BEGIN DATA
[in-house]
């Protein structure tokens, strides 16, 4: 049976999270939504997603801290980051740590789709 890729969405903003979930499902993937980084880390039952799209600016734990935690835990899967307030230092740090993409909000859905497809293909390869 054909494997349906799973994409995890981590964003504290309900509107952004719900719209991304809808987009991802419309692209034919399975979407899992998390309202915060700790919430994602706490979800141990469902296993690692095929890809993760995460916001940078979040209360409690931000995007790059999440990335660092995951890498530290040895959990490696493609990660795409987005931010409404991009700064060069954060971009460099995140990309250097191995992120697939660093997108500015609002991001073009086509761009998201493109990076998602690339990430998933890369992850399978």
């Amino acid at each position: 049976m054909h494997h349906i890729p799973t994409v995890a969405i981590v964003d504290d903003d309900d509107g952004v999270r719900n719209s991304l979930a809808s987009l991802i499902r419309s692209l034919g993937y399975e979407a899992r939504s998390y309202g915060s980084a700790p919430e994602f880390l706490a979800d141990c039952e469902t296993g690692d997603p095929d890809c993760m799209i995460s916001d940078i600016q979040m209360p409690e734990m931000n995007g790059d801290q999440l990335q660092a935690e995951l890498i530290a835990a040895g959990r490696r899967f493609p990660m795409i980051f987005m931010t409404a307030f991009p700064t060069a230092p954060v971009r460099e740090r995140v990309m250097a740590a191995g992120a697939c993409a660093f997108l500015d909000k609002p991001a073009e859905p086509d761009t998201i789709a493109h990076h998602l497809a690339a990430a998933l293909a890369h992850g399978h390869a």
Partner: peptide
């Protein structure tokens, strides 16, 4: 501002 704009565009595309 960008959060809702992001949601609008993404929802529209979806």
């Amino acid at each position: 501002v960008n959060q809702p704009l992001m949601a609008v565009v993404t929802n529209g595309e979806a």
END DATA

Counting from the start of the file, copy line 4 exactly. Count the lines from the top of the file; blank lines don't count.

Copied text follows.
Partner: peptide